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From: "David Lebling" <dlebling@ucentric.com>
Subject: (urth) _His Dark Materials_ (Skirting spoiler territory)
Date: Wed, 25 Apr 2001 09:53:39 

I thoroughly enjoyed the first book, enjoyed the second, and finished the
third. That seems to match Mr. Ansley's and Mr. Bishop's experience. (My
evaluation of C. S. Lewis's space trilogy is similar.)

The segments with the bears and the witches in the first book were truly
excellent. The bear civilization was well-realized and very bearish. The
witches reminded me of the witches in the Kalevala, which is a nice change
from the usual witches one meets in fantasy. The concept of the daemons was
well-done and well-elaborated, with some unexpected but well-thought-out
twists in the later books (e.g., why do _we_ not have daemons?).

Unfortunately, starting even in the first book, but getting worse in the
second and still worse in the third, Pullman lets his fantasy get out of
control. What many authors of fantasy forget is that if anything is
possible, nothing is interesting. Eventually so many rabbits are pulled out
of so many hats that the dramatic tension in the story just vanishes, and
all you are doing is following the plot to see how it works out. (The SF
equivalent, I suppose, is the "inventing a space-drive using the contents of
your junk drawer" story, or any Star Trek episode).

I will say that the resolution of the problem of the "subtle knife" itself
was appropriate and how it ties into the ultimate fate of the protagonists
was excellent (not going to spoiler here, those who have read it know what I

Unfortunately much that came before, especially in the third book, was more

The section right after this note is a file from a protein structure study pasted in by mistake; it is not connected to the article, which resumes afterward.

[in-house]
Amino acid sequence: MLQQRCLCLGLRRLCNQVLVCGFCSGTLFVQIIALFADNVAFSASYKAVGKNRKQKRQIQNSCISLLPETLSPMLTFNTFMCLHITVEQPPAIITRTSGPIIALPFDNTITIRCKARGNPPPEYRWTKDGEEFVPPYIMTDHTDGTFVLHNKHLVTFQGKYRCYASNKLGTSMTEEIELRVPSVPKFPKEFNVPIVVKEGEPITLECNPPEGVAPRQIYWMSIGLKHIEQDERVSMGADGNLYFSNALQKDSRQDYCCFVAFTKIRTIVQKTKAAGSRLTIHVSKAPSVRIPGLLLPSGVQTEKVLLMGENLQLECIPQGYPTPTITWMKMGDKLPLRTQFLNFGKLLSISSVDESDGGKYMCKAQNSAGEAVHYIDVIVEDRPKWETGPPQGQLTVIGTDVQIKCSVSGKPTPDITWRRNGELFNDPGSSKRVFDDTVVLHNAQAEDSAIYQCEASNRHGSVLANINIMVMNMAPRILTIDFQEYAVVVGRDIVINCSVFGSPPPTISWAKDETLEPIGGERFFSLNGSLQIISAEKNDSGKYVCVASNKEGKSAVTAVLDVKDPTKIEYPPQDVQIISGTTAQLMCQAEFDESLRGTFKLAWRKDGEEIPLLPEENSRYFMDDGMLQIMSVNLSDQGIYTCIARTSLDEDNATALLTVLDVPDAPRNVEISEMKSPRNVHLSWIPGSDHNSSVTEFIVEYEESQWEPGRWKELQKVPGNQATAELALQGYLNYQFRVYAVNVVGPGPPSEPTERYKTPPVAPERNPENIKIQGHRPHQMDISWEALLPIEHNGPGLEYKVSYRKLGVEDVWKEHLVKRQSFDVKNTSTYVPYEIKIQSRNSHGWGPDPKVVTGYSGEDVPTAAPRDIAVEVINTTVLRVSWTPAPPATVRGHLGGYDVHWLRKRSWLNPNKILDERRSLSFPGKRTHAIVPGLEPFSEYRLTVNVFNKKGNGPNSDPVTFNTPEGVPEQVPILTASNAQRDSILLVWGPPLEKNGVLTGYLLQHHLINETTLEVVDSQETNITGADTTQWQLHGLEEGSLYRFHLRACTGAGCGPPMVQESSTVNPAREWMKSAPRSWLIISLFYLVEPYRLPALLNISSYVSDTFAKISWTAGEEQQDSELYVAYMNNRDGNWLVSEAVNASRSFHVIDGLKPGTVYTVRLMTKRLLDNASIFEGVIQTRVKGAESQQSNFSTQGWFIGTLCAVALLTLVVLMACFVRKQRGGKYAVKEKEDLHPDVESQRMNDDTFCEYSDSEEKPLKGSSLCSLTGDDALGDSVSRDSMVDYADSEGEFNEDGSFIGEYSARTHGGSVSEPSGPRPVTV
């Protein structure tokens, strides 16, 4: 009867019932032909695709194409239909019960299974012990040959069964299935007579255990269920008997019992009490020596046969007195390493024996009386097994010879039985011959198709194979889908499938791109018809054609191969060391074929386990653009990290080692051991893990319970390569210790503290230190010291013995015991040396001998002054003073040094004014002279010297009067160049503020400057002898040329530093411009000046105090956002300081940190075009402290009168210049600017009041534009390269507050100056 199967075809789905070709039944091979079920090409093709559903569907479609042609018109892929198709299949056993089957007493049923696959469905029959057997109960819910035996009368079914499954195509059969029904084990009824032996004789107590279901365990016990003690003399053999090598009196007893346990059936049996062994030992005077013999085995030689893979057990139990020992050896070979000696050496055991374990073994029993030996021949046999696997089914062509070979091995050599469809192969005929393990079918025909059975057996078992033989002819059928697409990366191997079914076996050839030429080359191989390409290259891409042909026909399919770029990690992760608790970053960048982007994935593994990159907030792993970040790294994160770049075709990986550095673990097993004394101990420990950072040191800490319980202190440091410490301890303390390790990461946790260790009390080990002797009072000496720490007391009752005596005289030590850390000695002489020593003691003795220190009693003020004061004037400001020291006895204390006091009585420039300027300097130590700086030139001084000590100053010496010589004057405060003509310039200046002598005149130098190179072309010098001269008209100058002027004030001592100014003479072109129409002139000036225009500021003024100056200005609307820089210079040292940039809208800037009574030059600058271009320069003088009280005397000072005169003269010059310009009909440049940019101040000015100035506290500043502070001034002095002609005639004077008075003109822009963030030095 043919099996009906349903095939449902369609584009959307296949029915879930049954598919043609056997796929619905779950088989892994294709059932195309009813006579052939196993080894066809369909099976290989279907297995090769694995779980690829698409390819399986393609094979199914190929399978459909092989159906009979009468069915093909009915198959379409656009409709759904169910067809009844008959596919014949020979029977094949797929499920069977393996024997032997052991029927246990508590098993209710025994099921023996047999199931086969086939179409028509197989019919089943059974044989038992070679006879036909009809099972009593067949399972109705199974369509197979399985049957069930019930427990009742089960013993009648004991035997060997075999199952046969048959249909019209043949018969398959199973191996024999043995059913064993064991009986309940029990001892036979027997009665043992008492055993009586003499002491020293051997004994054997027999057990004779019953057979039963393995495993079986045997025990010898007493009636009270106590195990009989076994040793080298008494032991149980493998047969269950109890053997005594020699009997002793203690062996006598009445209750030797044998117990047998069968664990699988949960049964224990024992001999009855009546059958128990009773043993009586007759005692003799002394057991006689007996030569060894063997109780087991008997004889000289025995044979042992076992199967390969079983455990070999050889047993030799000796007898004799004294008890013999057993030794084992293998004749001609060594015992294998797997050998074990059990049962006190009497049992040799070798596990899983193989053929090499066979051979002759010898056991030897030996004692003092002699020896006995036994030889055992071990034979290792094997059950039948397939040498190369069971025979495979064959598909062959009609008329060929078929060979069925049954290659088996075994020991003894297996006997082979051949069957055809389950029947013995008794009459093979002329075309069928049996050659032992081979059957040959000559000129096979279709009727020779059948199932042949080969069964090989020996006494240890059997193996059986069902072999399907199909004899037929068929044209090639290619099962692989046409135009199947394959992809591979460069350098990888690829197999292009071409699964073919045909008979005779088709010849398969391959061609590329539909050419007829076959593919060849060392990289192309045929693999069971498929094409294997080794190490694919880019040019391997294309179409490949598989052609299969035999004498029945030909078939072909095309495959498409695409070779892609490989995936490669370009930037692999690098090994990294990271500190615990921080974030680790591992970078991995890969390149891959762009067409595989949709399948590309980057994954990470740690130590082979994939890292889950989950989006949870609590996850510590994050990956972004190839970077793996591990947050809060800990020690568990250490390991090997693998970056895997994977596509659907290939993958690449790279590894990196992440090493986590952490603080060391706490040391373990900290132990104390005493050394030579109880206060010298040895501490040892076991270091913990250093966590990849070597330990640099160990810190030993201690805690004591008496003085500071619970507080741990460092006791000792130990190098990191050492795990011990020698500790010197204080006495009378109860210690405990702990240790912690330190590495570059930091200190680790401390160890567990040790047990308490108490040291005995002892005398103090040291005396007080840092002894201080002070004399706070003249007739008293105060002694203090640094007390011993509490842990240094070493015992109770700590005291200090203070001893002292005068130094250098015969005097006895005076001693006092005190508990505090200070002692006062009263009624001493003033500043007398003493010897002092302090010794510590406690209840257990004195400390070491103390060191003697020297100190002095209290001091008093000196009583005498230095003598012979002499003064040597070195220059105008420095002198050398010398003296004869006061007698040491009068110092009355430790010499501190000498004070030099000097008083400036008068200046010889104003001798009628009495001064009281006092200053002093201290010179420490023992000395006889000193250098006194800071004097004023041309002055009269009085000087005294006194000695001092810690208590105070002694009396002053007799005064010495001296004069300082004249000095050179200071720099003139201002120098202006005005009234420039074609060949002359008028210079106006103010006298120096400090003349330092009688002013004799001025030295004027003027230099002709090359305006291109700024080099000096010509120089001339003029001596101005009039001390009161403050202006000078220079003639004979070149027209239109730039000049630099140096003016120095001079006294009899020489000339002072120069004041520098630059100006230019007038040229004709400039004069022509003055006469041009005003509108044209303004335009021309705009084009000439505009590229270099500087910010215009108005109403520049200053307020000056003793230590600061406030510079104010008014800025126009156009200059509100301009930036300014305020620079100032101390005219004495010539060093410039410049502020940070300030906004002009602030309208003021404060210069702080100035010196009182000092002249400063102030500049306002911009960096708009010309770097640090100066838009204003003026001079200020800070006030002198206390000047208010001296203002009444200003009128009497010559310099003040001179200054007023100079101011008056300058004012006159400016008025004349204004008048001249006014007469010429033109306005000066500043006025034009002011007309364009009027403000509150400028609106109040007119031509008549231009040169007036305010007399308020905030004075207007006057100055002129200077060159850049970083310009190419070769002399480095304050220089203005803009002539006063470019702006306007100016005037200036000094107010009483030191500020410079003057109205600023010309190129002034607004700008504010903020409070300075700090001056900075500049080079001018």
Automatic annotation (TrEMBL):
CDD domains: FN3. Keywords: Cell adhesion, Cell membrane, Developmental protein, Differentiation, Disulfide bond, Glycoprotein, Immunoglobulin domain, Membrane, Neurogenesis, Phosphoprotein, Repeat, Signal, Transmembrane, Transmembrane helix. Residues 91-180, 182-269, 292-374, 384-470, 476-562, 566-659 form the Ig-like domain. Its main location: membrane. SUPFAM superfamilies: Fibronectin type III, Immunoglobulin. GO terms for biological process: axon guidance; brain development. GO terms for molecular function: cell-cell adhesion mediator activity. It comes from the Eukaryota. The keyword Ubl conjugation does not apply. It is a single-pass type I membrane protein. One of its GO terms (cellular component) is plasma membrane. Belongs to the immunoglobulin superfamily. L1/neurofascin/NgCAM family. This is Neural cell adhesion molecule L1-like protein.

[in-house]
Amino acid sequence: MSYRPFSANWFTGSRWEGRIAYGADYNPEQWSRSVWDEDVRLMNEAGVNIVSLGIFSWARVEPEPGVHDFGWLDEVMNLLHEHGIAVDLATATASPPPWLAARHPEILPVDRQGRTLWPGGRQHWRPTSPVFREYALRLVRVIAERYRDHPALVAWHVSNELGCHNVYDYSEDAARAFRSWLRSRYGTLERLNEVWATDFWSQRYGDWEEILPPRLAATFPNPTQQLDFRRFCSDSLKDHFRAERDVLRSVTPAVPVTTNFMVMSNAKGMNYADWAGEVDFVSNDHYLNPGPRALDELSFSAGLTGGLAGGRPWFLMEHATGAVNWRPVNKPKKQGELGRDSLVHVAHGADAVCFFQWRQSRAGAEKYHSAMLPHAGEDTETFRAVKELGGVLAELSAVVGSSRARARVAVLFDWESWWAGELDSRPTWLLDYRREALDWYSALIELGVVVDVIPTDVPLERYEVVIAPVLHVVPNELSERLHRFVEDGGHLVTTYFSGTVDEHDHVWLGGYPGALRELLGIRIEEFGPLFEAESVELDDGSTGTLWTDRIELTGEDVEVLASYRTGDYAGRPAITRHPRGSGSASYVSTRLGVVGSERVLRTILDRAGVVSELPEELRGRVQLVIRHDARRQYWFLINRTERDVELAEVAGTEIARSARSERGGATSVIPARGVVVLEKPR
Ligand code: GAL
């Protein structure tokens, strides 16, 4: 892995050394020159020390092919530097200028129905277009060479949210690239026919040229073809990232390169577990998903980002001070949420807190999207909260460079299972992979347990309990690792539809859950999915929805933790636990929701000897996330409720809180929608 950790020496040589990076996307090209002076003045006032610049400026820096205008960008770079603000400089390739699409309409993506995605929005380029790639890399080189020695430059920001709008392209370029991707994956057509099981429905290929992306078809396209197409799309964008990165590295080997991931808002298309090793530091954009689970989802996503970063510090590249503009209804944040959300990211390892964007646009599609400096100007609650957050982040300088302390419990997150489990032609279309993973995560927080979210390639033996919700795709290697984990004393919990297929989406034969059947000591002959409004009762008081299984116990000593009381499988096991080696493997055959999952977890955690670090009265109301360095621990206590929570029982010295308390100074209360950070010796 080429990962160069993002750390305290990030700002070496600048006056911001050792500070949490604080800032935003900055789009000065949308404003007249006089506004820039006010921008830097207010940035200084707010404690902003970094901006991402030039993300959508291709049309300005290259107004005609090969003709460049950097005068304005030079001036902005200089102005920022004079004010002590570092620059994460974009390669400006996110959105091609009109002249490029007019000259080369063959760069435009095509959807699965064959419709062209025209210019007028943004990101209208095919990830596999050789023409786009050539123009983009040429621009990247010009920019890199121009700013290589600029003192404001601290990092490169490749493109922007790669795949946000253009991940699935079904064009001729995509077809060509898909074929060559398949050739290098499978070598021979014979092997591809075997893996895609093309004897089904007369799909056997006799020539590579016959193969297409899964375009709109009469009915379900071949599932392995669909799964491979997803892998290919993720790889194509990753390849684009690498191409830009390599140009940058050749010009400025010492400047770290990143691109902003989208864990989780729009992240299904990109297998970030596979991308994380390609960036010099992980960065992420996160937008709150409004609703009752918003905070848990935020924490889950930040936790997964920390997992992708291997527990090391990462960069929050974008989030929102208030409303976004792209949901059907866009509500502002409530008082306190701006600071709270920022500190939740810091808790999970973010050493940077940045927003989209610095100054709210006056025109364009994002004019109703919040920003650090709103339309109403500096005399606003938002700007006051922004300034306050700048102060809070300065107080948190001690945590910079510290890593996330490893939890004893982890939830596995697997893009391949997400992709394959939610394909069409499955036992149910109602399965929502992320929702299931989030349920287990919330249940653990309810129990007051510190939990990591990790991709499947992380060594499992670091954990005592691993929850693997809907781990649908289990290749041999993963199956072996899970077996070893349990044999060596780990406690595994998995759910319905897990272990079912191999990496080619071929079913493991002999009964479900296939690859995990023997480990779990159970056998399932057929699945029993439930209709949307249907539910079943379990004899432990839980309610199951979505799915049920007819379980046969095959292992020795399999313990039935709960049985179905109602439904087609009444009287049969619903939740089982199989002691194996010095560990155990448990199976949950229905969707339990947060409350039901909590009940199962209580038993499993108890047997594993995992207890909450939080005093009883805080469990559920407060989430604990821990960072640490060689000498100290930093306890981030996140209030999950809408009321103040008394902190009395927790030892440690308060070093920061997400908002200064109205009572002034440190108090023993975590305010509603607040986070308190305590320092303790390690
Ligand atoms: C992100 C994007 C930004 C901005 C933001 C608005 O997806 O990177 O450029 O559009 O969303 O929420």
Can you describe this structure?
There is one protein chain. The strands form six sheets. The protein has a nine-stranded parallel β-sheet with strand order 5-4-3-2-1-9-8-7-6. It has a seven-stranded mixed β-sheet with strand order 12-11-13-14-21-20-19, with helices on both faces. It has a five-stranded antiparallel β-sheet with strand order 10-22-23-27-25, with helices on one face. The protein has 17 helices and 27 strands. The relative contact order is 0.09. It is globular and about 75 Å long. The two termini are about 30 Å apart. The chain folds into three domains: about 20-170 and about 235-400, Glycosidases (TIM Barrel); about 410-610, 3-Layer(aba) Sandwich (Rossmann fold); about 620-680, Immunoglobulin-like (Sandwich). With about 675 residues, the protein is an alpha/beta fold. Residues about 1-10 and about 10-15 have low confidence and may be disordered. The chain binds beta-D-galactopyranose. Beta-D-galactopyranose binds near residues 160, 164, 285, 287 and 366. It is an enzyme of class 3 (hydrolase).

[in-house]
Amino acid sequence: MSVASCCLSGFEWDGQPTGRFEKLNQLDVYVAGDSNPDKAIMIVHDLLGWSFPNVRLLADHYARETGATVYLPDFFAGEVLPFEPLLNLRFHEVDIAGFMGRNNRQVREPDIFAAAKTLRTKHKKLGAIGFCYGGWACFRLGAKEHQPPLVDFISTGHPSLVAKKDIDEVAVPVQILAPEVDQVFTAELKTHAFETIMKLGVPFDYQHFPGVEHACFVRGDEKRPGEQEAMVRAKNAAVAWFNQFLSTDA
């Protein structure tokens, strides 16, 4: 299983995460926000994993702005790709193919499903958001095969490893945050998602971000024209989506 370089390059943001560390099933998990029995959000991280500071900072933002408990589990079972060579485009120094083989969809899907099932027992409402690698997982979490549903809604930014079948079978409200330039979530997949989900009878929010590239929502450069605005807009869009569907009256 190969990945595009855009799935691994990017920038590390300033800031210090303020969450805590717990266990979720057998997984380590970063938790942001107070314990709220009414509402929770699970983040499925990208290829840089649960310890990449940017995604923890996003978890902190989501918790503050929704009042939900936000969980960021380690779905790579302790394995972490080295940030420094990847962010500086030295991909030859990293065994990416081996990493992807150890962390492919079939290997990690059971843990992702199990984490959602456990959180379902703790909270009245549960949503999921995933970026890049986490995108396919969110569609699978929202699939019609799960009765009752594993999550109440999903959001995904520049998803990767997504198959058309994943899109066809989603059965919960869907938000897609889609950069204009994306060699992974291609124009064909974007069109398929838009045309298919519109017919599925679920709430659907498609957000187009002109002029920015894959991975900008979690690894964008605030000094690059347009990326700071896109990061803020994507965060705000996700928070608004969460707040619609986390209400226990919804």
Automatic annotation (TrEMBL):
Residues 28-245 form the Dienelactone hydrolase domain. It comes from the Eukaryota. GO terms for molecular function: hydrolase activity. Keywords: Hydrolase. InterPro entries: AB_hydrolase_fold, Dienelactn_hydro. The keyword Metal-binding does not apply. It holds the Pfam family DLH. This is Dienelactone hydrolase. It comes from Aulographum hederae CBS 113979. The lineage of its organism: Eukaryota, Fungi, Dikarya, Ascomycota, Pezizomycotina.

or less gratuitous. I wouldn't want to go much more deeply into the details
for fear of igniting all the spoiler alerts, but the part of the story that
parallelled Milton was resolved so easily, considering the build-up and the
stakes, that I just didn't buy it. I will say that thinking about it
carefully, Mrs. Coulter's behavior makes more sense, but not as much sense
as it should, and the sense it makes doesn't make me like her any more than
when I first met her.

As an aside, I bought _The Golden Compass_ when it first came out in
paperback, but was unable to get past the first few pages, which I found
amazingly slow moving and uninteresting. Then it appeared on a reading list
for my daughter, who is 12, so I gave it to her to read. She asked me
questions about it, but I hadn't actually read it yet, so I borrowed it back
and read it, finding that after those first few pages it picked up really
quickly and was in its own way a page-turner. Then I read the other two
volumes in rapid succession. She's working on _The Subtle Knife_ now, and
has found both books relatively hard going. My still-younger daughter, 10,
is reading _The Golden Compass_ now. Mr. Pullman autographed our copies.

    Dave Lebling
    aka vizcacha

*More Wolfe info & archive of this list at http://www.urth.net/urth/

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